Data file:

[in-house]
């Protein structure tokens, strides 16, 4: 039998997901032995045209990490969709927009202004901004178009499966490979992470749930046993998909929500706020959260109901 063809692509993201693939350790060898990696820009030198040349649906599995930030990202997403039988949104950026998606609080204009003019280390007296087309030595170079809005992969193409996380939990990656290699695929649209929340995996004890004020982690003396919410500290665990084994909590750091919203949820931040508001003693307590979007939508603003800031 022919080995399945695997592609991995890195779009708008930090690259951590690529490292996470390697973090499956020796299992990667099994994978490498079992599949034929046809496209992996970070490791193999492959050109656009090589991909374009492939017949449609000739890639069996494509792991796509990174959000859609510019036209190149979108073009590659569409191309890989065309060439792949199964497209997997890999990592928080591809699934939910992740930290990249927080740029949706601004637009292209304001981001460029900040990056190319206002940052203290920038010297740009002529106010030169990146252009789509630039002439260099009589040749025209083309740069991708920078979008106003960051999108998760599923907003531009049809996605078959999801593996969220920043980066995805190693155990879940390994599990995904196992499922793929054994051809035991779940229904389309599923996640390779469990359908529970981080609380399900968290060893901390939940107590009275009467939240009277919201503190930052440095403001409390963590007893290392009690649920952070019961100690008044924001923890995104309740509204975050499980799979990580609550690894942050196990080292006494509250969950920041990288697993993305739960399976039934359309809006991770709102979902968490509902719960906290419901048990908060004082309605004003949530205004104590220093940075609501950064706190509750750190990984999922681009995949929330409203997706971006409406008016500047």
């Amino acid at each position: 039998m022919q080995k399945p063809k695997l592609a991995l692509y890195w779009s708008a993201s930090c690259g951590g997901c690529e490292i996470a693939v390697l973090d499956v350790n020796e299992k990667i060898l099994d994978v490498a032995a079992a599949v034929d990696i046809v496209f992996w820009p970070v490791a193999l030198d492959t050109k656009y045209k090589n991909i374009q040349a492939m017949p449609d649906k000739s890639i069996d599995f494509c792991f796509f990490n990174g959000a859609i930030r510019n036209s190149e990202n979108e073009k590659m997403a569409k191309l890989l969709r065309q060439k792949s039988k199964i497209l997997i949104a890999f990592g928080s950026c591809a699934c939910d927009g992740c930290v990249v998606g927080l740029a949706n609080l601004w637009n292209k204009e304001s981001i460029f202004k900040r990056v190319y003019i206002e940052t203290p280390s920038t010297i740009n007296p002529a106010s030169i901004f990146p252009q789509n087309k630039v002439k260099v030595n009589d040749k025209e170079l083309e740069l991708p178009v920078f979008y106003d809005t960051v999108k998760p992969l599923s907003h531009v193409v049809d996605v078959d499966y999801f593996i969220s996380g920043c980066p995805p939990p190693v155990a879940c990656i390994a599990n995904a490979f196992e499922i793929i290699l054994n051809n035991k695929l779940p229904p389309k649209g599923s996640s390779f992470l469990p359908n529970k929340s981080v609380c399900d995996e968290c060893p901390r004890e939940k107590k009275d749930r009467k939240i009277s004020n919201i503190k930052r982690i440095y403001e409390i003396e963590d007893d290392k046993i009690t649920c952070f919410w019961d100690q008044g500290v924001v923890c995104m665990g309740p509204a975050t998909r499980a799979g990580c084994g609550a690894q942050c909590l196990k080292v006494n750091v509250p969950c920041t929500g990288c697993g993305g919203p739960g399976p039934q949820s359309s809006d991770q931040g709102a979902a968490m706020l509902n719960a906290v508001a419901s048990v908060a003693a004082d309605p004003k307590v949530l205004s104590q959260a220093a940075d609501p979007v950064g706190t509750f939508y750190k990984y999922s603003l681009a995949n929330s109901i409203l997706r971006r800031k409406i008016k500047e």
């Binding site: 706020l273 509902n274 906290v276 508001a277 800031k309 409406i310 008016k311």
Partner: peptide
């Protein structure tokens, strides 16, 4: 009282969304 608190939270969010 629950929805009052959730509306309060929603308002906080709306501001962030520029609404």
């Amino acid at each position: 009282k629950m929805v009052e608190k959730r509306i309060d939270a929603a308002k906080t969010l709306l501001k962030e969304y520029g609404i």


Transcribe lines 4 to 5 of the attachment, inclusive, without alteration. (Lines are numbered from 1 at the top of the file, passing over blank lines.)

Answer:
């Binding site: 706020l273 509902n274 906290v276 508001a277 800031k309 409406i310 008016k311």
Partner: peptide